Estrella Mountain Regional Park is perched on a ridgeline where one could
have witnessed the unfolding of many interesting events and lives that have
been lived out in the desert landscape below. The history and lives of the area
begins with the Hohokam Indian culture. This group inhabited the area from
around 500 A.D. to 1450 A.D., and relied heavily on the rivers and streams of
the area for their existence. Water was obviously a critical element in shaping
the cultures and history of this desert environment. The Hohokam culture was
based almost exclusively on irrigated agriculture, according to the Historical
Atlas of Arizona. Part of the Hohokam, or later cultures, utilizing a canal
system, were once located within the park boundaries of Estrella Park.
By 1600 A.D. the Maricopa and Pima
Indians were the tribes living near or around the area of the current park
boundaries. Their encampments or settlements were primarily along the Gila
River and its tributaries. From 1600 to about 1860, Indian Territory claims and
the distribution of Indian tribes around the state changed significantly.
However, the tribes living near or around the park remained Maricopa and Pima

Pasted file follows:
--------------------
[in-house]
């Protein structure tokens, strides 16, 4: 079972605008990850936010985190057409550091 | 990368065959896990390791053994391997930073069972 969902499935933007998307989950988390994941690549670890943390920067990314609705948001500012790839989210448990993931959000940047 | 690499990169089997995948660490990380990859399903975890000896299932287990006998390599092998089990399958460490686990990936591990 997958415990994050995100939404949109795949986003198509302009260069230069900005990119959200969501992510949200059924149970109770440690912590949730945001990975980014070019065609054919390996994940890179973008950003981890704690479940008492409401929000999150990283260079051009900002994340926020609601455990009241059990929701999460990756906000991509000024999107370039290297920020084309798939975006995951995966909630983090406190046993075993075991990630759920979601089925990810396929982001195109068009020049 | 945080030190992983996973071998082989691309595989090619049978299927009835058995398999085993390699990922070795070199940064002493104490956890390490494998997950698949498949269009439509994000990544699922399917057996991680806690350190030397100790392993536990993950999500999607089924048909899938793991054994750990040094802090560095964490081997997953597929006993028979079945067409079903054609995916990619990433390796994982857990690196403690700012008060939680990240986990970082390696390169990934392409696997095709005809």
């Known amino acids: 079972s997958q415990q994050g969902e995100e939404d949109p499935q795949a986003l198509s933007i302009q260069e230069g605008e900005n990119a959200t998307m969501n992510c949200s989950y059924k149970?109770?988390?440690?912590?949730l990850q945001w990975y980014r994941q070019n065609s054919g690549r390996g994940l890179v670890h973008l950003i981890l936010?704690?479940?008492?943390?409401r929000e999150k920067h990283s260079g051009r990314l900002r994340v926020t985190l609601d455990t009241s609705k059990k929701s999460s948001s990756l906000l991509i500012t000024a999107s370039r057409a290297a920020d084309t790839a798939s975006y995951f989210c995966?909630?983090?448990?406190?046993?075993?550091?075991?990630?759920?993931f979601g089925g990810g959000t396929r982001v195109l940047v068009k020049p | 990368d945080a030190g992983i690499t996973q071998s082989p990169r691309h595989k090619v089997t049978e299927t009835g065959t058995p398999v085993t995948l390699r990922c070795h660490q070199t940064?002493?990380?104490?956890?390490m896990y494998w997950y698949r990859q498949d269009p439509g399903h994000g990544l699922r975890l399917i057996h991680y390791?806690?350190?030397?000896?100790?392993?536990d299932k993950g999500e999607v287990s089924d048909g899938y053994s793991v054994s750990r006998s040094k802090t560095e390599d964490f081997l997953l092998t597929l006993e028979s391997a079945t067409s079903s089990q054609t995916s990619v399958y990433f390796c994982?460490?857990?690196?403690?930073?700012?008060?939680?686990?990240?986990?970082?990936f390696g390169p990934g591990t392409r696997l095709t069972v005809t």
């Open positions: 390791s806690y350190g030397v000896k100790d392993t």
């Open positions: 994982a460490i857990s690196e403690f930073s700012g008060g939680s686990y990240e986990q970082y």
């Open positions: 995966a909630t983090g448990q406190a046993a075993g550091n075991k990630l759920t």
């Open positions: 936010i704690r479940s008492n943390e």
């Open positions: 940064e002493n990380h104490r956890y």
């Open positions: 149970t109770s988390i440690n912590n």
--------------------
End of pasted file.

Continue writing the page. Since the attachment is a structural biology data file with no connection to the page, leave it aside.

In 1691, Father Eusebio Francisco Kino
followed the Santa Cruz River north to the Gila River and then followed the
Gila west to California, passing by or possibly through a portion of the Park.
Father Kino would have been the first European to see the Sierra Estrella
range. Between 1691 and 1704, Father Kino explored and mapped many of the
Indian encampments between the park and what was then the Mexican border.
From the earliest times of Spanish
influence, until 1776, what is now the central portion of Arizona, was governed
by Spain through the colonial government in Mexico City. In 1822 the Mexican
Revolution ended Spanish rule in the desert southwest but interest in this
region from the United States was beginning t grow. Boundary disputes between
Mexico and the United States were beginning. When war broke out with Mexico in
1846, a new American presence in Arizona began. The American military now made
a commitment to the southwest to gain further access to the West Coast.
However, this presence also helped insure the containment and decline of the
native Indian population.
In 1848, the war with Mexico ended by
the signing of the Treaty of Guadalupe Hidalog and the vast Mexican cession of
land. In Arizona, all the land north of the Gila River was declared United
States territory. Through the Gadsen Purchase, the U.S./ Mexico boundary was
moved to its present day location. This meant for the first time all land that
is now in Estrella Mountain Regional Park became part of the United States.
In the 1850’s the U.S. Government began
establishing Indian Reservations in Arizona. The first Reservation to be formed
was the Gila River Indian Reservation in 1859. Initially this Reservation was
established for the Pima and Maricopa Indians on their ancestral lands, just to
the east and south of Estrella Mountain Regional Park. This was the only